This is an historic election, and I recognize the special significance it has for African-Americans and for the special pride that must be theirs tonight.

I've always believed that America offers opportunities to all who have the industry and will to seize it. Senator Obama believes that, too. But we both recognize that though we have come a long way from the old injustices that once stained our nation's reputation and denied some Americans the full blessings of American citizenship, the memory of them still had the power to wound.

A century ago, President Theodore Roosevelt's invitation of Booker T. Washington to dine at the White House was taken as an outrage in many quarters. America today is a world away from the cruel and prideful bigotry of that time. There is no better evidence of this than the election of an African American to the presidency of the United States. Let there be no reason now for any American to fail to cherish their citizenship in this, the greatest nation on Earth.

Senator Obama has achieved a great thing for himself and for his country. I applaud him for it, and offer in my sincere sympathy that his beloved grandmother did not live to see this day, though our faith assures us she is at rest in the presence of her creator and so very proud of the good man she helped raise.

Senator Obama and I have had and argued our differences, and he has prevailed. No doubt many of those differences remain. These are difficult times for our country, and I pledge to him tonight to do all in my power to help him lead us through the many challenges we face.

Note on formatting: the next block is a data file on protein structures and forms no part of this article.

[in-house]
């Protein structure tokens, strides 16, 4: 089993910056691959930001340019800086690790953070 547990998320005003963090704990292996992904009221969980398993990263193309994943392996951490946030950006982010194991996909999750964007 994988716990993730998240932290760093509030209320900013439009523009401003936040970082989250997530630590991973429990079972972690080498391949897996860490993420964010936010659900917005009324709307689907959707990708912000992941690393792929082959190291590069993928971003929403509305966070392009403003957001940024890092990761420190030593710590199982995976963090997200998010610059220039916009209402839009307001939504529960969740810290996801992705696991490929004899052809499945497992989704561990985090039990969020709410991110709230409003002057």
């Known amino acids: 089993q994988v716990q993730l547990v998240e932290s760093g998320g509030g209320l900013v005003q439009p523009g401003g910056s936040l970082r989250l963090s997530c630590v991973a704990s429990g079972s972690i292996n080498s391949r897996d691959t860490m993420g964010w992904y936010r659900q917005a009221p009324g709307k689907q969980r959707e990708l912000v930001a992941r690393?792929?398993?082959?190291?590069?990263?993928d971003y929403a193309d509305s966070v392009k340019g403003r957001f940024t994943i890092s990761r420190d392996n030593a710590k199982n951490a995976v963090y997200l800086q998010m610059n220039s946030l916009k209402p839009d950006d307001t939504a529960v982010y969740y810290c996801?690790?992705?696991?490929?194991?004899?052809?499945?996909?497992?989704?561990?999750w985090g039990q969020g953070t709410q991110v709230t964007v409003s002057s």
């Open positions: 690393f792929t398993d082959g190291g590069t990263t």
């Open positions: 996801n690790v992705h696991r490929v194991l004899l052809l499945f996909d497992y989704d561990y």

I urge all Americans who supported me to join me in not just congratulating him, but offering our next president our good will and earnest effort to find ways to come together, to find the necessary compromises, to bridge our differences, and help restore our prosperity, defend our security in a dangerous world, and leave our children and grandchildren a stronger, better country than we inherited.

Whatever our differences, we are fellow Americans. And please believe me when I say no association has ever meant more to me than that.

It is natural tonight to feel some disappointment, but tomorrow we must move beyond it and work together to get our country moving again. We fought as hard as we could.

And though we fell short, the failure is mine, not yours.

I am so deeply grateful to all of you for the great honor of your support and for all you have done for me. I wish the outcome had been different, my friends. The road was a difficult one from the outset. But your support and friendship never wavered. I cannot adequately express how deeply indebted I am to you.

I am especially grateful to my wife, Cindy, my children, my dear mother and all my family and to the many old and dear friends who have stood by my side through the many ups and downs of this long campaign. I have always been a fortunate man, and never more so for the love and encouragement you have given me.

You know, campaigns are often harder on a candidate's family than on the candidate, and that's been true in this campaign. All I can offer in compensation is my love and gratitude, and the promise of more peaceful years ahead.

I am also, of course, very thankful to Governor Sarah Palin, one of the best campaigners I have ever seen and an impressive new voice in our party for reform and the principles that have always been our greatest strength. Her husband Todd and their five beautiful children with their tireless dedication to our cause, and the courage and grace they showed in the rough-and-tumble of a presidential campaign. We can all look forward with great interest to her future service to Alaska, the Republican Party and our country.